Figure 5
figure 5

Arp2/3 complex activity is required for microridge formation and maintenance. Confocal microscopy analyses of phalloidin stained embryos and larvae (ai) treated with 1% DMSO (a,d,g), 100 µM CK689 (inactive drug control; b,e,h) and 100 µM CK666 (Arp2/3 complex inhibitor; c,f,i) for 1 hour from 9–10 hpf (ac), 18–19 hpf (df) and 47–48 hpf (gi). In all cases, inhibition resulted in a breakdown of microridges or a decrease in phalloidin punctae relative to controls. Images from 19 and 48 hpf are acquired from the head epidermis. Scale bar are equivalent to 10 µm.

Thus, bona fide markers of branched actin networks such as the Arp2/3 complex, WASL and Filamin, as well as the actin-bundling protein Eplin, localize to microridges. Although Filamin and Eplin are of exogenous origin, their localization to microridges indicates their ability to bind to F-actin underlying the microridges. The Arp2/3 complex is essential for the formation or maintenance of actin punctae and microridges. At all time points analyzed, actin structures contained the Arp2/3 complex. Therefore, microridges form from actin punctae, presumably having branched configuration, and not from bundle based microvilli.

Physiological relevance of microridges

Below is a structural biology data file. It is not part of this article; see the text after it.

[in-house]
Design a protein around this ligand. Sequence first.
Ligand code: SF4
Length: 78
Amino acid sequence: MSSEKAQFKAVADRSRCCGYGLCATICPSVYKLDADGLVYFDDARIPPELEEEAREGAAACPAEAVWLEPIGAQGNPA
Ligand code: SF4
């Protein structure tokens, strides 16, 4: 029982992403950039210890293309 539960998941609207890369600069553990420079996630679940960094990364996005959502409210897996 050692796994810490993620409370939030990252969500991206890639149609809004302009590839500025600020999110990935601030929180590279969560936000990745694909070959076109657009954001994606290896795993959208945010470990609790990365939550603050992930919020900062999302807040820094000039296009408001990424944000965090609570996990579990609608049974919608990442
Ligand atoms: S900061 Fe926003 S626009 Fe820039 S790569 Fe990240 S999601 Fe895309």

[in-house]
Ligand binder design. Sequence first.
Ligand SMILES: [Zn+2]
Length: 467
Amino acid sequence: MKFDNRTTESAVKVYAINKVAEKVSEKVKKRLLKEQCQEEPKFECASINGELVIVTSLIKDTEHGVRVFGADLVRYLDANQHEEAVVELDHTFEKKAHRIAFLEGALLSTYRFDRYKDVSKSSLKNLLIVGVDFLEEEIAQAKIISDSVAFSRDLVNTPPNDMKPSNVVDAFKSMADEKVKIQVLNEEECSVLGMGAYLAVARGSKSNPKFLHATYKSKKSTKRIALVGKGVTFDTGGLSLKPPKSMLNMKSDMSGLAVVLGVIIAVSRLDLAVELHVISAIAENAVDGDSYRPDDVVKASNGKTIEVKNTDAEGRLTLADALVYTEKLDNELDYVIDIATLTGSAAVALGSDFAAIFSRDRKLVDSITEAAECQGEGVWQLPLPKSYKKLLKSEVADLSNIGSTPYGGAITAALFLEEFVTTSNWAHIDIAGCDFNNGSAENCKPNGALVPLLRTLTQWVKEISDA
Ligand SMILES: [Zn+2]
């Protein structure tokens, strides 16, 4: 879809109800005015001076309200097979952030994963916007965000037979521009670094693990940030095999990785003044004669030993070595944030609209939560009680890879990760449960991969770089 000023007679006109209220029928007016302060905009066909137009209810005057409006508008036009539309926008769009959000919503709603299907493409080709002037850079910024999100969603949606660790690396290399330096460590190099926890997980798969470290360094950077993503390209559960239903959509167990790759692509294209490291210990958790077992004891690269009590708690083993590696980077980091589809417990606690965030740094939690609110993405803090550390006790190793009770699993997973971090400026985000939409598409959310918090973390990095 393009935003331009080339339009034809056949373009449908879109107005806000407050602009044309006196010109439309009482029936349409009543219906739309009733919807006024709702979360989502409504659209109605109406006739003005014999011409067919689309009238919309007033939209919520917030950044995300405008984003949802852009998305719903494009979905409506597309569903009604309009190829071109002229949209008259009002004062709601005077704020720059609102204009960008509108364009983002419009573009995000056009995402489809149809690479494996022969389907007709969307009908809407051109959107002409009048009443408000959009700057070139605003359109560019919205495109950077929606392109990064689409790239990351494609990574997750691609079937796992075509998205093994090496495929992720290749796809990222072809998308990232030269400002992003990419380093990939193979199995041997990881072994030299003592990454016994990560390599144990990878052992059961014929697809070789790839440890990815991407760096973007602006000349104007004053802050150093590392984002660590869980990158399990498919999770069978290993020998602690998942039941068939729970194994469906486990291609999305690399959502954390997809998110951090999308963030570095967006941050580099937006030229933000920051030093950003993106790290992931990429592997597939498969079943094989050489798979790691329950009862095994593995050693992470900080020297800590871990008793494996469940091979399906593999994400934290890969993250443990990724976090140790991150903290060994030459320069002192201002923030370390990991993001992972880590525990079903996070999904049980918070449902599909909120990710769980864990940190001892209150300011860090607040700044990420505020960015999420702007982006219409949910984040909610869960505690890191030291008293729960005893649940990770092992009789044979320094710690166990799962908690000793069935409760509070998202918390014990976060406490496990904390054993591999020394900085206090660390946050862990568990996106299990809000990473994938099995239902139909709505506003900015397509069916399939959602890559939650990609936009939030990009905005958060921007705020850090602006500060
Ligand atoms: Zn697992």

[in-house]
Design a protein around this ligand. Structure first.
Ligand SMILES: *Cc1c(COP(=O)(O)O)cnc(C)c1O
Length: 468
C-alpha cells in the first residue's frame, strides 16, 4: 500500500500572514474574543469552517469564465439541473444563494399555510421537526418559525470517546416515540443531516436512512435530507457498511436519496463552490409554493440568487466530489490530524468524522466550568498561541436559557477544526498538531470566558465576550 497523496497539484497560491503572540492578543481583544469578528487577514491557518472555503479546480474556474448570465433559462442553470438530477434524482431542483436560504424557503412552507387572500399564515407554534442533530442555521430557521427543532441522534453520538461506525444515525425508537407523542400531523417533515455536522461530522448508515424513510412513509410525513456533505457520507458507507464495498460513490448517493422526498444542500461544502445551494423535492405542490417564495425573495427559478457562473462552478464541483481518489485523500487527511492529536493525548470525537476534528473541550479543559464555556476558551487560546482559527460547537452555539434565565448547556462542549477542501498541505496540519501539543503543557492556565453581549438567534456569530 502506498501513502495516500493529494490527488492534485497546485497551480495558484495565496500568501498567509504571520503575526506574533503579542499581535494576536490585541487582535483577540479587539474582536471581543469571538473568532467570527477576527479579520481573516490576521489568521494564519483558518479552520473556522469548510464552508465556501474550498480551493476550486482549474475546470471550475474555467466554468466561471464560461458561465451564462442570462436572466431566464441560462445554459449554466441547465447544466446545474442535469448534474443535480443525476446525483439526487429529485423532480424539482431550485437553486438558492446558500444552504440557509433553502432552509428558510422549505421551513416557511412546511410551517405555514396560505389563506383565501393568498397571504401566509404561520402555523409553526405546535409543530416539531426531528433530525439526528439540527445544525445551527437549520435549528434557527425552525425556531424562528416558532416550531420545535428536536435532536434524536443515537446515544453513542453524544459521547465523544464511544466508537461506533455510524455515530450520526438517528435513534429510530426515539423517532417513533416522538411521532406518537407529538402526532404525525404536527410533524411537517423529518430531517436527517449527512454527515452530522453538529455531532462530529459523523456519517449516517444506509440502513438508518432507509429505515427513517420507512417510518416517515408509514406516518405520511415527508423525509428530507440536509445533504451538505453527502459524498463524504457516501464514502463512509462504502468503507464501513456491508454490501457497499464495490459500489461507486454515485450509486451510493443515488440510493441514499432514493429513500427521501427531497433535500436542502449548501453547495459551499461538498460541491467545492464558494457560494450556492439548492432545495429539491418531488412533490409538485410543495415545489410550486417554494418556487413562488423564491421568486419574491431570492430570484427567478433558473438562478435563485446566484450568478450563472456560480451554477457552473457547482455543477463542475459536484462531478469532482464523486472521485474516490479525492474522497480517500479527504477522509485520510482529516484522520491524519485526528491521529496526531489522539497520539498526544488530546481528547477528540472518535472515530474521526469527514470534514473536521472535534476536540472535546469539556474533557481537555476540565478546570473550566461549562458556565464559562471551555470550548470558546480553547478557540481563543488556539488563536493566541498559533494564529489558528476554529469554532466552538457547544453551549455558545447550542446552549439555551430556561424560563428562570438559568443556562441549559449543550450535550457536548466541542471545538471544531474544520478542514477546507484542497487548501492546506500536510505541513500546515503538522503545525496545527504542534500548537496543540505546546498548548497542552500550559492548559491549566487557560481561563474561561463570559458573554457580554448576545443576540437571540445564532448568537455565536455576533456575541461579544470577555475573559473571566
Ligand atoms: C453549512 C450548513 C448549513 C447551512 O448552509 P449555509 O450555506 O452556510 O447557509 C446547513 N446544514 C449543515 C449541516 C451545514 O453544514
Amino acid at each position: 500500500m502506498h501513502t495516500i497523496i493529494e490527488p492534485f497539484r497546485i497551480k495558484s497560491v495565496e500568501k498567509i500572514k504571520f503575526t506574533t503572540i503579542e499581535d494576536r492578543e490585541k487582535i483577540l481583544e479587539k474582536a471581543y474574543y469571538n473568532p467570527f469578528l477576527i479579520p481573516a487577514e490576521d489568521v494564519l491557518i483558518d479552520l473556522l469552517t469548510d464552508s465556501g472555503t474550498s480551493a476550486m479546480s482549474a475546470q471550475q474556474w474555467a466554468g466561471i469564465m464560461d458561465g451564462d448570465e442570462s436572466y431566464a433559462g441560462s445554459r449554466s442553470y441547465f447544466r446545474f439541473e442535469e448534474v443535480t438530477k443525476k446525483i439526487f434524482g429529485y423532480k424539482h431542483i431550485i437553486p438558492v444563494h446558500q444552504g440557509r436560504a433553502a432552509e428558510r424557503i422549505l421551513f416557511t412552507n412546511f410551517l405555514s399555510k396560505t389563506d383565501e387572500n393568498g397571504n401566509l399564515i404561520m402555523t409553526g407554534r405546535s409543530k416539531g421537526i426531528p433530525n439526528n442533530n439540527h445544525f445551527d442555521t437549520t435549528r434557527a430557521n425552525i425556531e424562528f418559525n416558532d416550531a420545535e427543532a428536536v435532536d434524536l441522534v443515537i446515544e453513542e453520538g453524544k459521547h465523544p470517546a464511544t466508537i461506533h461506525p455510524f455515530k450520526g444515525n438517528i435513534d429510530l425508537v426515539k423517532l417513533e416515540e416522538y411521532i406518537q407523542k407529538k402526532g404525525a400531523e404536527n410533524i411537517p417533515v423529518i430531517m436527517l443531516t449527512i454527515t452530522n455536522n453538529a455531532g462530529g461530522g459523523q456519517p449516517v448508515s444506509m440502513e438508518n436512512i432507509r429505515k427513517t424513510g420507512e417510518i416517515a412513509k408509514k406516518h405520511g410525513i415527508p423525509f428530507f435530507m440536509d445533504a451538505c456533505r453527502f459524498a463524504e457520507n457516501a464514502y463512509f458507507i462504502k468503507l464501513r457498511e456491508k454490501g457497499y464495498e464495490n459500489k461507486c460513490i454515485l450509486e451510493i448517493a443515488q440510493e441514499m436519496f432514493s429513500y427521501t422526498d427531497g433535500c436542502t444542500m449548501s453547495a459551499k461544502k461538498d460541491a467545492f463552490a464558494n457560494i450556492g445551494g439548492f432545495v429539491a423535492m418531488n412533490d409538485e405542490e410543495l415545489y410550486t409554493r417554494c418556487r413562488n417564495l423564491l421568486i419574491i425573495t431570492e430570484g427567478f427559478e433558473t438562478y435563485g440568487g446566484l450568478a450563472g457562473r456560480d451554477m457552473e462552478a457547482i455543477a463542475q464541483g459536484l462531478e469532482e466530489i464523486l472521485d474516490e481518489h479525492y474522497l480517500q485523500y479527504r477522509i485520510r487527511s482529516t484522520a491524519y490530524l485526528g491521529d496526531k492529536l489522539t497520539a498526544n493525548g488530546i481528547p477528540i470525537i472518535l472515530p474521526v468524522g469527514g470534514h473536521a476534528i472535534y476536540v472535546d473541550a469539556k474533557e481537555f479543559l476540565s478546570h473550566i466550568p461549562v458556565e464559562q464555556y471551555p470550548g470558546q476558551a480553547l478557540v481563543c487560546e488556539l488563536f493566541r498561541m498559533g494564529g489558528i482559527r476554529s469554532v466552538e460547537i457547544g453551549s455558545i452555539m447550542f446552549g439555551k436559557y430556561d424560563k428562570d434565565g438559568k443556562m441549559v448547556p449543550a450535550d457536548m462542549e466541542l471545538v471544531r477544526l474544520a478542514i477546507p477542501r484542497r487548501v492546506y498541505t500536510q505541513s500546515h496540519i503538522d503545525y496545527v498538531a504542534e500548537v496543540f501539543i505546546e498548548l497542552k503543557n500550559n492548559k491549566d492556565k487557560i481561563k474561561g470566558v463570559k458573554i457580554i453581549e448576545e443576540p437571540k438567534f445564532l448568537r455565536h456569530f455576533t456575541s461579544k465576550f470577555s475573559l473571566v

The widespread occurrence of microridges on mucosal epithelial tissues has led researchers to propose that microridges function in retention and/or distribution of mucus9,14,16,27. The developing zebrafish embryo is covered by a glycan layer as early as the epiboly stages5, making it an excellent model to study the role of microridges in maintaining the organization of the glycan layer.

In order to visualize the glycan layer with a confocal microscope, we used a fluorescently tagged wheat germ agglutinin (WGA) lectin39. This approach revealed that the glycan layer was arranged around microridges (Fig. 6). To assess if microridges are important for the organization of the glycan layer, we used chemical inhibitors to disrupt the actin cytoskeleton and consequently the microridge pattern. While in control embryos, the WGA fluorescence followed the microridge pattern (Fig. 6a–c), in the CK666 treated embryos the WGA fluorescence was comparatively more uniform suggesting a mild effect on the organization of the glycan layer (Fig. 6e–g). SEM analysis on CK666 treated samples did not reveal a major change in glycan organization, again pointing to the mild effect of CK666 on the glycan layer (Fig. 6d,h). Similar to previous observations13,34, we achieved a severe perturbation of microridges using the actin monomer binding drug Latrunculin A (Lat A) (Coue et al., 1987). LatA treatment resulted in the decreased density and length of microridges (Fig. 6i–p). We analyzed the ventral region of the flank where the effect of LatA on microridges was most severe. As compared to the control (Fig. 6i–k), the LatA treated samples showed more intense WGA staining around the microridge remnants indicating accumulation of glycans around them (Fig. 6m–o). SEM analysis revealed that the glycan layer persisted in the troughs between microridges at a lower density. However, it was clearly enriched around the microridge remnants (Fig. 6l,p).